Board diversity strategies to help nonprofits achieve success
With the recent pandemic, civil unrest and racism conversations front and center, nonprofit organizations are working overtime to serve communities deeply affected by these issues. On top of it all is the reality that the diversity needle has not moved much in board of directors’ positions at nonprofit organizations. A 2017 survey from Board Source shows that 84% of members on nonprofit boards identify as Caucasian, which does not sway far from the 2015 survey.
A board of directors is a legal requirement to establish and maintain a nonprofit organization and helps to ensure the organization achieves its stated mission and meets the expectations of stakeholders, according to Nick Price. Yet, many nonprofit boards do not reflect the communities in which those same organizations are serving.
As our country continues to diversify, our nonprofits should strive to achieve a level of diversity on their boards that meets that of their current constituents and community. What can organizations do to amplify their diversity? The following five recommendations can help a nonprofit establish diversity, equity, and inclusion strategies that can help with overall success.
Promote diversity and inclusion throughout the organization
Nonprofit leaders should have ongoing discussions on inclusion and diversity, establish best practices, and develop common understanding of the meaning and definition of diversity and inclusion. Being able to see people who look like them on boards and in leadership roles can only encourage a future generation of diverse leaders to help promote nonprofit missions. “Inclusive organizations create systems that encourage ongoing intellectual and stylistic disruptions of the status quo in service of an underlying organizational mission. In high-performing, flexible organizations, this openness to productive change–inclusion–becomes the status quo,” write Scott Nielsen and Helena Huang in the National Civic Review.
Develop an organizational diversity and inclusion statement for staff and board
A statement of diversity and inclusion that all staff and board are bought into and held accountable for can help keep diversity front and center in board recruitment and development. A board diversity policy amplifies what is expected of board members and describes how people who have been historically marginalized can participate effectively as board members, as mentioned by Kathleen Buse, Ruth Sessler Bernstein and Diana Bilimoria in their article "The Influence of Board Diversity." A statement can also aid in recruitment and retention of board members.
Complete an annual self-assessment to determine strengths and growth opportunities for boards
Board assessment tools comes in all shapes and sizes, and may include questions about the organizations mission, strategic direction, board meetings, supporting the CEO/ED and more. An assessment tool can help identify strengths, challenges and gaps and help the board hold themselves accountable to reaching benchmarks and goals. Completing a self-assessment helps the board look internally at the board itself, reflect on both individual and shared responsibilities of its members, increase teamwork, clarify board and staff expectations, and help determine areas of responsibility that need attention. The Council on Nonprofits has samples to review.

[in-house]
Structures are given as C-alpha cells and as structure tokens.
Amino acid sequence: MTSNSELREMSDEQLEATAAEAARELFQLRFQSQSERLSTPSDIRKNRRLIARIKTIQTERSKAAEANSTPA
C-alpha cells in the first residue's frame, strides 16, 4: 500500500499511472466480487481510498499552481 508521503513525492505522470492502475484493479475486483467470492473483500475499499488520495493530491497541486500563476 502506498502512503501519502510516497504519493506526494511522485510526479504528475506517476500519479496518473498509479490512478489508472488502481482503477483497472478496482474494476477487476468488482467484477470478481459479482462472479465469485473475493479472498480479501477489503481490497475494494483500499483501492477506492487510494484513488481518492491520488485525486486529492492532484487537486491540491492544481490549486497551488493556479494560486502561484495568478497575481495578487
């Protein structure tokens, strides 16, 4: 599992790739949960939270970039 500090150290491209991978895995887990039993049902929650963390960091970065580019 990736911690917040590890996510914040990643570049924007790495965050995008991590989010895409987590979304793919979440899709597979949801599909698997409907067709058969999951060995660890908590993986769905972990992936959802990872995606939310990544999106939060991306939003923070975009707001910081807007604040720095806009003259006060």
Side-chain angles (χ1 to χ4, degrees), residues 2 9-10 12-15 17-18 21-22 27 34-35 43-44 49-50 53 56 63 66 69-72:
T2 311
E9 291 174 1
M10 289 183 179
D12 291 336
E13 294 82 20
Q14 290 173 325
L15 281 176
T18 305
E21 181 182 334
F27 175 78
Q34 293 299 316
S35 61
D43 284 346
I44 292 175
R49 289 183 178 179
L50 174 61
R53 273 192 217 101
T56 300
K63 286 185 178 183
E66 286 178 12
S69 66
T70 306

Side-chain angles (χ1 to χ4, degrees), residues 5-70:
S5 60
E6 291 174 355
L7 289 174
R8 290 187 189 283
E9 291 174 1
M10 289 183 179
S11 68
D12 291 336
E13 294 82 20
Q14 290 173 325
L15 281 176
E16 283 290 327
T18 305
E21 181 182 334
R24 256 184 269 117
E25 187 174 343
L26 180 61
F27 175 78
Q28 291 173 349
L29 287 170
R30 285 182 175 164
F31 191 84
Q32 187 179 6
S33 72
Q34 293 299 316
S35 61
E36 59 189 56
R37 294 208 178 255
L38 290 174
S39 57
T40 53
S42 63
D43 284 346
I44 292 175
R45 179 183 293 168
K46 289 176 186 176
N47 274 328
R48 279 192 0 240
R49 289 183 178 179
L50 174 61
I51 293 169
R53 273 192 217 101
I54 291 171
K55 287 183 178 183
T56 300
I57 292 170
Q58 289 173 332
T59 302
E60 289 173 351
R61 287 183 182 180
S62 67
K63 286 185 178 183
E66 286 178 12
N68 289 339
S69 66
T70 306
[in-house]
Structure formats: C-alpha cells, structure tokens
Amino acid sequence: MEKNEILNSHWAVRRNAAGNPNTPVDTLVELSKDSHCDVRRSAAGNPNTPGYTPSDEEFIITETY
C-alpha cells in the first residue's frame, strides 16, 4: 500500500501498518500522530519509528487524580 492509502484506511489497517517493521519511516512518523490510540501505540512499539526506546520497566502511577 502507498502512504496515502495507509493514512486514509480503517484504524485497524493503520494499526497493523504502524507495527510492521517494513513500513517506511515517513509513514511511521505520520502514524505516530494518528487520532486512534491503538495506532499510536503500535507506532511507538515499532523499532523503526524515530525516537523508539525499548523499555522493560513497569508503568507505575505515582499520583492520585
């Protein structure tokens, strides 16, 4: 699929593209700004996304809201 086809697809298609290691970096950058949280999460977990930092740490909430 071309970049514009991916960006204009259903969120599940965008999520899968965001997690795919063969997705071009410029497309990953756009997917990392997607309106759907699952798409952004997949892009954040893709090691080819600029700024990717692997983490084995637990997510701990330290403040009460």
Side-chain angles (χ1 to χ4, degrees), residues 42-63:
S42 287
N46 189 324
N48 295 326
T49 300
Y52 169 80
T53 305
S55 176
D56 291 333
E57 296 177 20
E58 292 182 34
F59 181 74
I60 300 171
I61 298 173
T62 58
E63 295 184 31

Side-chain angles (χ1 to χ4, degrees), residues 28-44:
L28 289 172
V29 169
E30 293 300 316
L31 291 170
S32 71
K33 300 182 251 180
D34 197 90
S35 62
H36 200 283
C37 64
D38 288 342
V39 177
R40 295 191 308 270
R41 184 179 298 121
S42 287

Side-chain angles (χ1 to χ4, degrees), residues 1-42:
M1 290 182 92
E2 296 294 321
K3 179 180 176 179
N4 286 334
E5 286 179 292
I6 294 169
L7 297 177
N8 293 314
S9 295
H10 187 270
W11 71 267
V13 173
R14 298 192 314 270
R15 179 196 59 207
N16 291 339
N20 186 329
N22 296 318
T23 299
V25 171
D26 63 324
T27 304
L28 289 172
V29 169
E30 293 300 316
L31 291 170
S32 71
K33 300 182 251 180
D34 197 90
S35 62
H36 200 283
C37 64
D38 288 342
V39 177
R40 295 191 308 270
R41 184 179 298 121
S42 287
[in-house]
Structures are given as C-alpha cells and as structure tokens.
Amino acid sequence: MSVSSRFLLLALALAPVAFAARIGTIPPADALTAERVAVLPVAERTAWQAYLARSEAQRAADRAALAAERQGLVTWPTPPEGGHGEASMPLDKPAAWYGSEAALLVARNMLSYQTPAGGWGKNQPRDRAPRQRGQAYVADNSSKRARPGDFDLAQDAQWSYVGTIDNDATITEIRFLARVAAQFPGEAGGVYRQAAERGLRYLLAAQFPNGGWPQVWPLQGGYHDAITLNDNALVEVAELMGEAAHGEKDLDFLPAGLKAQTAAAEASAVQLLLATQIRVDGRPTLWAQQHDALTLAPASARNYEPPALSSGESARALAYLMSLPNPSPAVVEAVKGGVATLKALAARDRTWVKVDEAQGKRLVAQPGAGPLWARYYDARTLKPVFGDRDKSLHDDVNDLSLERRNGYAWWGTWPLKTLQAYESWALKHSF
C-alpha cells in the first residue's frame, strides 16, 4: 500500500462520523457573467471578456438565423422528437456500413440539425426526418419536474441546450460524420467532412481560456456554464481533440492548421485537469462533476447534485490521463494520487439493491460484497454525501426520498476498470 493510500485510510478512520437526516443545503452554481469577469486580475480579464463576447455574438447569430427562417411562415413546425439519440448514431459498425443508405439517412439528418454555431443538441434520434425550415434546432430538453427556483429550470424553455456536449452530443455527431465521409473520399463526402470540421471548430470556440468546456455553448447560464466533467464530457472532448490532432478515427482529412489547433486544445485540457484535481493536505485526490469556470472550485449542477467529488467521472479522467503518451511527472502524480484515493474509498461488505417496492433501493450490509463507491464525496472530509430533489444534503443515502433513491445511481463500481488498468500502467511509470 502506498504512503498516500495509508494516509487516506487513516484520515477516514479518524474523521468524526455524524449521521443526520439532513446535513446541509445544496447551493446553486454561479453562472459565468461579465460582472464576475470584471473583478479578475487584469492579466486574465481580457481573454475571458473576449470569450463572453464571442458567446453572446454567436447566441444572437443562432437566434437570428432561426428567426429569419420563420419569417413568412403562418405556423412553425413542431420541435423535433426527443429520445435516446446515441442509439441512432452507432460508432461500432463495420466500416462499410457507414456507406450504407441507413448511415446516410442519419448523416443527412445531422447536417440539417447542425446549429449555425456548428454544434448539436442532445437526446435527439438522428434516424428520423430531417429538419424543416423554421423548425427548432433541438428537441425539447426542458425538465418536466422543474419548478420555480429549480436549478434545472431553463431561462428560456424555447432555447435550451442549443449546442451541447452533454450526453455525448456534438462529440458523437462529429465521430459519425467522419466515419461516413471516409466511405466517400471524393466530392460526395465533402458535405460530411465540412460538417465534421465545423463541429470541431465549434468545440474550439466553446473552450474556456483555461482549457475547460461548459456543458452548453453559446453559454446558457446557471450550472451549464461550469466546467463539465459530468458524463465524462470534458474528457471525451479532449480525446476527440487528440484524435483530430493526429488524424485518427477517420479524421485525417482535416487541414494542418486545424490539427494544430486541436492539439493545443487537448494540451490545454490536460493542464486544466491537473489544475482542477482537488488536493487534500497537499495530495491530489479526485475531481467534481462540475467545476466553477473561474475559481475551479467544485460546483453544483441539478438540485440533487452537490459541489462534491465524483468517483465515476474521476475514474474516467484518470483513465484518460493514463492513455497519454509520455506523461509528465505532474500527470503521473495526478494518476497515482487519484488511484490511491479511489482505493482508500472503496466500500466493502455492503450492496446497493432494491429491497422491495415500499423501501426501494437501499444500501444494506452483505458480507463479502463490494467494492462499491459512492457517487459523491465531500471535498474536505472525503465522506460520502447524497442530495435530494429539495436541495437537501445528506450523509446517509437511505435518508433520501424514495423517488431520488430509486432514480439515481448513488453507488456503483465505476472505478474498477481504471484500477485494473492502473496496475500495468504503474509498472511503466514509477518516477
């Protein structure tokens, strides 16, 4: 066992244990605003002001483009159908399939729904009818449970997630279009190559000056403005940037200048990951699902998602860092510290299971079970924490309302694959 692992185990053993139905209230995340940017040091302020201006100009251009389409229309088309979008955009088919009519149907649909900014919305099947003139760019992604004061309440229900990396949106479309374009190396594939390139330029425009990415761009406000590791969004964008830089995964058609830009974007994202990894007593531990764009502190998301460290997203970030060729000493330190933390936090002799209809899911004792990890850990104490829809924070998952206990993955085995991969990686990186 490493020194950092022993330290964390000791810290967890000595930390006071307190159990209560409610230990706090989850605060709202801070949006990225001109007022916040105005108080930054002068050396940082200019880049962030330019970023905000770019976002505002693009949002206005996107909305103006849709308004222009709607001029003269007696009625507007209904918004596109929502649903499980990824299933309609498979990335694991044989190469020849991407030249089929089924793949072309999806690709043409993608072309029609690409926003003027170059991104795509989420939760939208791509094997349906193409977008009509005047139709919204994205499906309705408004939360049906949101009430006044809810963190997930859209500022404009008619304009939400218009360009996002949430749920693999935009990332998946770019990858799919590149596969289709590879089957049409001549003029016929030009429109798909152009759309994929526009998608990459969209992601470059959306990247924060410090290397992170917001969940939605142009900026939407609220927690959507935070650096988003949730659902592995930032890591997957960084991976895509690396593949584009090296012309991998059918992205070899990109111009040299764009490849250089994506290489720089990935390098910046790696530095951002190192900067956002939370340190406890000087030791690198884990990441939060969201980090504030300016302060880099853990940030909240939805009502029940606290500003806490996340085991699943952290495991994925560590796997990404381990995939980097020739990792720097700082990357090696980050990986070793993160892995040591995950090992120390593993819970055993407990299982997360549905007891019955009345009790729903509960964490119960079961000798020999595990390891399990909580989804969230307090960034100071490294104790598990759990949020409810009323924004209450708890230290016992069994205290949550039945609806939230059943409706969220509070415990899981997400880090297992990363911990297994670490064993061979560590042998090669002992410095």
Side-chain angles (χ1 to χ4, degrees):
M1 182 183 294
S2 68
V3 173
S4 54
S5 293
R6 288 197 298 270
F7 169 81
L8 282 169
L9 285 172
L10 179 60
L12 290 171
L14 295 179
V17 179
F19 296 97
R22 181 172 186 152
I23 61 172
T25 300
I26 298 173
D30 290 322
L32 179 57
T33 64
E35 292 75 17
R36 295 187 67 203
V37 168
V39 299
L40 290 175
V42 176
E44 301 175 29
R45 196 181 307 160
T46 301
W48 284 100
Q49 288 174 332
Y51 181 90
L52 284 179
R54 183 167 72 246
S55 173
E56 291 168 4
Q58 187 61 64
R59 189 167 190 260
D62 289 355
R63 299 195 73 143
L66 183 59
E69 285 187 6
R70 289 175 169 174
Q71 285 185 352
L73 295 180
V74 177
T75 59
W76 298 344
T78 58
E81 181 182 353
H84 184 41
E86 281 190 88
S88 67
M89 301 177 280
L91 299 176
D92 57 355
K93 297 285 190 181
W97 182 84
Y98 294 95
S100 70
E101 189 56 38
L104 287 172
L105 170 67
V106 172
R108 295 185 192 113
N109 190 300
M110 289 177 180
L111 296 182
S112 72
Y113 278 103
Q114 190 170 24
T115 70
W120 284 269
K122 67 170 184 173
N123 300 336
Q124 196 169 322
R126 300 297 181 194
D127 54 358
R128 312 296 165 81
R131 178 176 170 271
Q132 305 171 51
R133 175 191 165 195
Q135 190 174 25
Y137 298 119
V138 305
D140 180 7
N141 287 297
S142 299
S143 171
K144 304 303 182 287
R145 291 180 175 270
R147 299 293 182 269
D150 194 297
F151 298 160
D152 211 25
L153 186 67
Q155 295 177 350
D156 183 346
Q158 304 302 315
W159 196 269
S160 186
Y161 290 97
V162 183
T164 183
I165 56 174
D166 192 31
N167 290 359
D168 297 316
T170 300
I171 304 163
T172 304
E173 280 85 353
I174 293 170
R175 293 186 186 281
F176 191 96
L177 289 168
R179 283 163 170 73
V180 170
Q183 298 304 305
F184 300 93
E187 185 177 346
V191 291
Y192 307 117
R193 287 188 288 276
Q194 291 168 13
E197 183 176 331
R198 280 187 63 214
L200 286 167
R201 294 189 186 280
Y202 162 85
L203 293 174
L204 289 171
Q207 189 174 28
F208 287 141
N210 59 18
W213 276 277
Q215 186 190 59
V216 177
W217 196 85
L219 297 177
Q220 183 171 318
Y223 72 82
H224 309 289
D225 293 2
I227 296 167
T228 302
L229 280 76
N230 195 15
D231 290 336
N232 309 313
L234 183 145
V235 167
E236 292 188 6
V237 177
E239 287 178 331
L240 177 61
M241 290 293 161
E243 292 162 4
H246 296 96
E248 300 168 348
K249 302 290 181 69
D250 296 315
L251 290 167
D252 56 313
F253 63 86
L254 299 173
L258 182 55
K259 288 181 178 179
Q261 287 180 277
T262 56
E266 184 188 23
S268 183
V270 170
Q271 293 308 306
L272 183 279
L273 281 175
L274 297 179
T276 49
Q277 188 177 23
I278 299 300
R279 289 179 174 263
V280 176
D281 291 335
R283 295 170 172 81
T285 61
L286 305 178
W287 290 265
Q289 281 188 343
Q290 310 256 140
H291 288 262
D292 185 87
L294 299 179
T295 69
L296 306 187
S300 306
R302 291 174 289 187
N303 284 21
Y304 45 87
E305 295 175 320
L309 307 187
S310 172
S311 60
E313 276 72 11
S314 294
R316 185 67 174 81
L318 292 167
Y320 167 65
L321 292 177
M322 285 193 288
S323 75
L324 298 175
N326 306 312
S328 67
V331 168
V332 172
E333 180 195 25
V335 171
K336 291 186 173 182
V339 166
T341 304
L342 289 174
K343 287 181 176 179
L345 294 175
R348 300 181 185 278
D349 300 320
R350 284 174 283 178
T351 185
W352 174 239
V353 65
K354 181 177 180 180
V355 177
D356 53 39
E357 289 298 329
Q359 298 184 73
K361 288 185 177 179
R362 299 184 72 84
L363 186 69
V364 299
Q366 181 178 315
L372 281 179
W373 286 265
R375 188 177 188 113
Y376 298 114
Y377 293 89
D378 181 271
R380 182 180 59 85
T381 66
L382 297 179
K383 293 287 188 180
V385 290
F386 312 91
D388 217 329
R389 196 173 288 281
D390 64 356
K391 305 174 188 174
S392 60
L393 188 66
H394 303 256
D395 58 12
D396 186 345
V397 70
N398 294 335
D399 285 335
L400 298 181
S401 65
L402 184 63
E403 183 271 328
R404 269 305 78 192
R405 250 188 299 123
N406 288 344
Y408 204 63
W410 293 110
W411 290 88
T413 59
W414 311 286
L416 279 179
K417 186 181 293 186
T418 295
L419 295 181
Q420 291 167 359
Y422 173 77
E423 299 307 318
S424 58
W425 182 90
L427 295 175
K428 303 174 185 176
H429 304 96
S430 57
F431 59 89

Examine current goals and objectives around board diversity and create benchmarks
Nonprofit organizations that invest in training, creating diversity and inclusion statements and promoting these values to the organization as a whole, can help track success and fill in gaps when there are challenges. Putting specific and measurable goals into an annual work plan will hold board and staff leadership accountable, and will also create benchmarks in which progression can be measured. Laura Tancredi-Baese, CEO of Home Start, Inc. in San Diego, said that once her organization put board diversity strategies in their strategic plan, they started seeing real changes to the make-up of their board.
Invest in training
Diversity and inclusion training will help board members recognize cultural language, understand the diversity of the communities served, and strengthen cultural competency. Nonprofit Business Advisor suggests that training helps people understand their day-to-day peer interactions, and also raises awareness of different belief systems, perspectives and cultures.
Training helps people not only understand their role as board members, but including diversity, equity and inclusion training helps board members see how they fit within the bigger picture and shows that the organization is committed to strengthening their cultural competency.
By following the five strategies listed above, a nonprofit can diversify their board and set themselves up for future success.
Jen Nation is a graduate of the Master of Nonprofit Leadership and Management program at Arizona State University. Jen currently serves at the executive director of Olivewood Gardens and Learning Center, a nonprofit located in National City, California, on an 8-acre outdoor classroom which inspires youth and adults to be healthy and active through organic gardening, environmental stewardship and nutrition education. Jen is a visionary leader who has over 25 years of experience in the nonprofit field developing strategic relationships, connecting people to causes they care about, advocating for health equity, environmental justice and rights for women and girls. In her free time Jen enjoys any and all outdoor activities, gardening and visiting the local farmers market. Jen earned a bachelor’s of recreation management from University of Northern Iowa.